Now in his eleventh year in the watch auction business, Italian native Thomas Perazzi was most recently the head of Christie’s watch department in Geneva, previously having served at both Antiquorum and Sotheby’s. Having left Christie’s in a surprise move, Mr Perazzi is now the Head of Watches, Asia, at the auction house that recently sold the most expensive watch ever, New York-based Phillips.
Taking up residence in Hong Kong for his new role, Mr Perazzi will be especially focused on watch auctions in the territory, which are typically a diverse mix of vintage and modern timepieces. Joining him in Hong Kong is Ho Zi Yong, a watch specialist who was formerly with Christie’s in the territory.
In Singapore two weeks ago for the first leg of the Hong Kong watch auction preview, Mr Perazzi sat down for a chat to explain what’s in store for collectors in Asia.
What are your plans in Asia for the watch department?
First of all, I would like to maintain the Phillips watch department’s leadership in Asia. And secondly, I would like to expand the market; there are so many areas where collectors aren’t covered by auction houses.
And thirdly, I would like to increase collectors’ knowledge of vintage timepieces. There are extremely knowledgeable vintage collectors but only in certain areas. We especially want to share our passion for vintage watches with beginners or modern watch collectors and make them understand the importance of collecting vintage Patek Philippe or Rolex.
But the message I would really like to share with Asian collectors is to look for high quality. That is for me the key to success in the future.
Can you elaborate on the segments of collecting that you would like to develop?
We just had our Heuer sale in Geneva. It’s a brand that is known but not so well-known. People know about the iconic models like the Monaco, Carrera and Autavia but there are so many other references that are extremely collectible but not known to the majority of collectors.
There are also Eberhard and Longines. People are aware of their importance but their knowledge of these brands isn’t as deep compared to American or European collectors.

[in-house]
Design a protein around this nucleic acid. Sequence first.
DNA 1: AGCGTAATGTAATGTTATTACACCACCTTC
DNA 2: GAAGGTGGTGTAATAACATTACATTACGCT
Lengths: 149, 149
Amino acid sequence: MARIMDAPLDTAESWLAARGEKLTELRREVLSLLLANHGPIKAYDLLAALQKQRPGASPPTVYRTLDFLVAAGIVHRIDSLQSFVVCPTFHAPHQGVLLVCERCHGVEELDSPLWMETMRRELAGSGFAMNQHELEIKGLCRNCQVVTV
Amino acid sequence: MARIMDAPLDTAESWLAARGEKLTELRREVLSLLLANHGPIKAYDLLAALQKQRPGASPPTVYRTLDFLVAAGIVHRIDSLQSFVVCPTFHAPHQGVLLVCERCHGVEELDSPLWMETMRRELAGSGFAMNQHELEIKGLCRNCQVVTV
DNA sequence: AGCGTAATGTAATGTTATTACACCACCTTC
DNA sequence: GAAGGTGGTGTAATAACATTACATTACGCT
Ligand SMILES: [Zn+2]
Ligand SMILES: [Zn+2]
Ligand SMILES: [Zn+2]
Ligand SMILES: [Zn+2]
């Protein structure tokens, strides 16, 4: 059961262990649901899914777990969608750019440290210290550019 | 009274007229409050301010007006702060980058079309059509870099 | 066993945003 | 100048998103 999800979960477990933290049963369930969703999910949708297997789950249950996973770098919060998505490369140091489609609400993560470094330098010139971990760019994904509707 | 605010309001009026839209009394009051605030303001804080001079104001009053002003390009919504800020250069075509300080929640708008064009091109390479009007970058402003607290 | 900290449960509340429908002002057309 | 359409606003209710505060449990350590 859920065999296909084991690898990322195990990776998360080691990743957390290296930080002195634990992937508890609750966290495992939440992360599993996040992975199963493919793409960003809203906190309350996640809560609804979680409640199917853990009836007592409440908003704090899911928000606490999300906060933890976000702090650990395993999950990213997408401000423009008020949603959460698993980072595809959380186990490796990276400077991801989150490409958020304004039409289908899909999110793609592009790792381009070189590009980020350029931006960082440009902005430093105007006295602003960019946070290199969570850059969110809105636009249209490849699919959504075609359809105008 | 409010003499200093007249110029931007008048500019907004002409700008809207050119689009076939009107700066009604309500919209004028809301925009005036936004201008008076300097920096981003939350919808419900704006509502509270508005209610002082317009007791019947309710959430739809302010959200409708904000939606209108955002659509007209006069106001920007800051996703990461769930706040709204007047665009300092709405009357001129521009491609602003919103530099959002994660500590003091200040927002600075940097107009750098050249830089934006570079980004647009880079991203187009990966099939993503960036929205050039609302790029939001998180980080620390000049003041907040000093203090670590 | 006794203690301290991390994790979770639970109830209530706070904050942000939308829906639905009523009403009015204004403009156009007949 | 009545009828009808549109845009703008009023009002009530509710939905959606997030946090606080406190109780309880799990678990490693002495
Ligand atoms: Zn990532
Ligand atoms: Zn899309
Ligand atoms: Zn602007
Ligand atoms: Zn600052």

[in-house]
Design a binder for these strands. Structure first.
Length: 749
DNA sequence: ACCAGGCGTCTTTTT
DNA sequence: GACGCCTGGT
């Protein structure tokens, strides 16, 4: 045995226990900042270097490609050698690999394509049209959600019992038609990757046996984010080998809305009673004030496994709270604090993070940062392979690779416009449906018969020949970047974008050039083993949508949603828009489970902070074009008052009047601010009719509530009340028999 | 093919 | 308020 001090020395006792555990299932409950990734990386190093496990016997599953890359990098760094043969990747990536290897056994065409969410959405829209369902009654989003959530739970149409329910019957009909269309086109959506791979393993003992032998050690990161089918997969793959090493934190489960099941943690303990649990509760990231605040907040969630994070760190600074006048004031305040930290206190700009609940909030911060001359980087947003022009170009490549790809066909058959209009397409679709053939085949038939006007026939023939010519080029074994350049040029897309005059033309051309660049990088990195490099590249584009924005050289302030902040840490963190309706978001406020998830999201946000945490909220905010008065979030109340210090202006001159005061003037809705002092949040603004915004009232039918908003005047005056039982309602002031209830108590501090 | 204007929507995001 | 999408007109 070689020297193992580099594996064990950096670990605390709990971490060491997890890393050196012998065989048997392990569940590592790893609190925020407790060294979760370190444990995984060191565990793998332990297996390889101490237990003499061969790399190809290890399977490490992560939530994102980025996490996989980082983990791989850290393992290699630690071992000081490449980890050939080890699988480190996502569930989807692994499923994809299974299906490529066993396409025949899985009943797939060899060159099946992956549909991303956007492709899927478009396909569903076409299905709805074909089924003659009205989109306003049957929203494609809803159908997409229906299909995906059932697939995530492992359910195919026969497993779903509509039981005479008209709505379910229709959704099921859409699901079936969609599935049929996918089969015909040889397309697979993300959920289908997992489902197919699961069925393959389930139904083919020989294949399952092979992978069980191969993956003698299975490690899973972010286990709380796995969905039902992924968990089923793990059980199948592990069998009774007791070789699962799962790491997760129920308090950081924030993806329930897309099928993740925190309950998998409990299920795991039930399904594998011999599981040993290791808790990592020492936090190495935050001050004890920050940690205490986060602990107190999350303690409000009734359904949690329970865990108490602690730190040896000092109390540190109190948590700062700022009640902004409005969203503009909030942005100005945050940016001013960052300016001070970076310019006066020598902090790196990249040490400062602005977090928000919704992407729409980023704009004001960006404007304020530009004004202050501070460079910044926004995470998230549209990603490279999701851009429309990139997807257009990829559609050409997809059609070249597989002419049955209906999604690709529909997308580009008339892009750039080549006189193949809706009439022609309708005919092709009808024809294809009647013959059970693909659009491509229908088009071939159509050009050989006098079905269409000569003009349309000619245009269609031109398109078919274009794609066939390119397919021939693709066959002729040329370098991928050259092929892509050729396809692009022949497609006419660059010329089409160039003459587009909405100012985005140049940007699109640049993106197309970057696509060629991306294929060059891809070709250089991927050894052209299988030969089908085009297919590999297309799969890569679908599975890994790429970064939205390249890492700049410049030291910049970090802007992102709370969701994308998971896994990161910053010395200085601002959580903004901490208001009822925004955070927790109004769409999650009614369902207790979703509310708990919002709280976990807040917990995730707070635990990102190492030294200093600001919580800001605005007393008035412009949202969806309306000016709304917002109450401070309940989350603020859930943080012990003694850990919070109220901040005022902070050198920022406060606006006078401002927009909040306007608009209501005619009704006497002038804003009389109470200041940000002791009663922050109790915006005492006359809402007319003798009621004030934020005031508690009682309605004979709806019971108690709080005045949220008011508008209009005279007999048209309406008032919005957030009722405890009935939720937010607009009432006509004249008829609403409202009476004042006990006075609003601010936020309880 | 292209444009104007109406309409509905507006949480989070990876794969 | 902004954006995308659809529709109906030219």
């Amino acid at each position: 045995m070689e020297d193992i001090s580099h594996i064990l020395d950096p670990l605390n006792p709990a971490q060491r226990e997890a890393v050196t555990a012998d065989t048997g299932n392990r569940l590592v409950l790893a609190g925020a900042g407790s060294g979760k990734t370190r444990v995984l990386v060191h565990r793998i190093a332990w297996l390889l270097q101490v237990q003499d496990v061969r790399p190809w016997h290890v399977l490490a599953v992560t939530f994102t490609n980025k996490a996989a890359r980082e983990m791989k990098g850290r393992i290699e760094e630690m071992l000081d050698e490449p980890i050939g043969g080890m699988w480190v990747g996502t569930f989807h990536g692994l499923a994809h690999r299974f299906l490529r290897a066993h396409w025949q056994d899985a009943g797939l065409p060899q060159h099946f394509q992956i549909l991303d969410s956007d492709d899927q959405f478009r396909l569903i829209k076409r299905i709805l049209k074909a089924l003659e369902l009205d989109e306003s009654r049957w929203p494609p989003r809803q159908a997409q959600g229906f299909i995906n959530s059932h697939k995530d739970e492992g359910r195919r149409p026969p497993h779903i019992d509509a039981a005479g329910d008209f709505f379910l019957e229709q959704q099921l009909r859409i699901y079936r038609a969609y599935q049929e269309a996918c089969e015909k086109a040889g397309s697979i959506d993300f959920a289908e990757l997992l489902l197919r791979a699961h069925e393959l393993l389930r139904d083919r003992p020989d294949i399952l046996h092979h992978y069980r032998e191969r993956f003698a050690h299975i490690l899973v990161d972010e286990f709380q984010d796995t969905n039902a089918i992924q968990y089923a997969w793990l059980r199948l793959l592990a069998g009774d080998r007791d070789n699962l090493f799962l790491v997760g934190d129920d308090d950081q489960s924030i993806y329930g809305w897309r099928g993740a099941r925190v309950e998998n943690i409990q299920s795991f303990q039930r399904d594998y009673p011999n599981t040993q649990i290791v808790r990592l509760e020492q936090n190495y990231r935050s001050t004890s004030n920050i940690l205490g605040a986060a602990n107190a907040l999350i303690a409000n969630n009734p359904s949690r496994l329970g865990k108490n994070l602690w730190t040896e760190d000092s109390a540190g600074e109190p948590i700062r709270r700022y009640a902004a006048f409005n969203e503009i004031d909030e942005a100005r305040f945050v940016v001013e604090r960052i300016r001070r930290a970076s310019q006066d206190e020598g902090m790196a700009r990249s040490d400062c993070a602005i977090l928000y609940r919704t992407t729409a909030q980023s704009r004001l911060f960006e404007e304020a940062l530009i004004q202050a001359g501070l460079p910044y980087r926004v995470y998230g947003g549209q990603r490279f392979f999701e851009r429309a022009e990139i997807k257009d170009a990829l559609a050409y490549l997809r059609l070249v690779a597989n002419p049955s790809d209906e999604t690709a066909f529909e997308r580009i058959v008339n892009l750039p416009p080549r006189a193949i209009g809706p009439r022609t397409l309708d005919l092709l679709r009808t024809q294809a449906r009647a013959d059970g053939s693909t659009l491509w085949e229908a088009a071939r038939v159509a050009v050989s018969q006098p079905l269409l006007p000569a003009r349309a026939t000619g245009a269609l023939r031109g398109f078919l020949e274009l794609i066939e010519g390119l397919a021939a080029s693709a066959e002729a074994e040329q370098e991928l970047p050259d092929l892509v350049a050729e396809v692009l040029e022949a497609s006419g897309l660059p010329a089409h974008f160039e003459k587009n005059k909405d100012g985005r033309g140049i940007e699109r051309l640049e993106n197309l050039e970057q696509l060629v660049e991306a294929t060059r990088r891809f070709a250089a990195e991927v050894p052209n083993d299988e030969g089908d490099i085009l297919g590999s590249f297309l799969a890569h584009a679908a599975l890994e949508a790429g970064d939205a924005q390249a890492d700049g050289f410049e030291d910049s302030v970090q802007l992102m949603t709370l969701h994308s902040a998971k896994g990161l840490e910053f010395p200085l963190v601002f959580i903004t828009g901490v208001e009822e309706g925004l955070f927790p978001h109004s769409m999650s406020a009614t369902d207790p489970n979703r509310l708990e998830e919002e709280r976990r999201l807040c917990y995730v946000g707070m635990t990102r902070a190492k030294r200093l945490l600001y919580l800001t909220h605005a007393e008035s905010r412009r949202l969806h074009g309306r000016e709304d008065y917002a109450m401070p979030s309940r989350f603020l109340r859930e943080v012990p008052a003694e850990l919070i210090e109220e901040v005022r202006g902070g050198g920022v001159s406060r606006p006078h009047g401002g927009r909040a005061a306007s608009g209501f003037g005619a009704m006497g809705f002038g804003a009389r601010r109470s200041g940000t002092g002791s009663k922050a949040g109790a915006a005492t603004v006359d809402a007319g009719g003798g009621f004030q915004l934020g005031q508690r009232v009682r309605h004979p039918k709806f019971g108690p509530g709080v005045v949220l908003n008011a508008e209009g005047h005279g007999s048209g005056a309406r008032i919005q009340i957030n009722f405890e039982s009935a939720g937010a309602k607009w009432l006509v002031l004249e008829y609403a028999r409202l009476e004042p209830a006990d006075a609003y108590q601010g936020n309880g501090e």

Another one is Movado, the chronographs from the 40s and 50s. They made beautiful chronographs in stainless steel. Right now they’re a little bit undervalued.
Vintage watches from the likes of Eberhard and Longines are primarily sold in Geneva auctions. How would you aim to develop these brands in Asia?
Simply by meeting watch collectors during the previews, showing them good examples, spending time with them and showing them the importance of these watches. Again, it’s about sharing the passion that we have for these kinds of brands.
Can you name any other such brands that you think are flying under the radar right now?
One of my favourites is Breitling. It’s slightly undervalued right now. The Top Time, for example, or even nice Chronomats or Navitimers from the 1960s and 1970s.
Contemporary independent watchmaking is a big thing in Asia. Do you still intend to keep that as a major part of your business?
Absolutely. The success we had today [at the Singapore preview] is just amazing. We have the examples of Laurent Ferrier and especially Phillip Dufour [in the upcoming Hong Kong auction]. Collectors are aware of the importance of those watchmakers.
I want to have a balance of vintage and modern watches for our Hong Kong sales, and also not forgetting the importance of highly complicated pocket watches, which are part of the history of the industry.
Pocket watches are not particularly popular nowadays. Do you think it’s worthwhile for collectors to pursue them?
Absolutely. Again, the key is quality. They must be well-preserved, perhaps pocket watches from an important brand. And if a collector wants to be wiser or have a collection that covers the history of watchmaking, they need a pocket watch in their collection.
Can you tell us what are the highlights from the upcoming Hong Kong auction?
For sure the Patek Philippe ref. 2523 world time with double crowns and the gilt guilloche dial. It’s only the second example known. There are two things I love about this watch. First is the condition; it has been extremely well-preserved over the decades. Next is the little things that make this watch unique: it was sold by an important French Patek Philippe retailer, Jean Guillermin and still has the beautiful French import hallmarks on the back. When you have it in your hand, that watch blows your mind.
The other watch is the Phillip Dufour Simplicity. It is always an honour to have such a watch in our auction.
And speaking of pocket watches, we have an important quarter-repeating pocket watch by Abraham-Louis Breguet. The no. 9 perpetuelle was one of Breguet’s very first self-winding watches and I highly recommend collectors to have a look at it.
Mr Perazzi’s inaugural sale, The Hong Kong Watch Auction: Five, takes place on November 28, 2017 at the Mandarin Oriental in Hong Kong. The full catalogue is available here.
Thomas Perazzi portrait credit Luxglove
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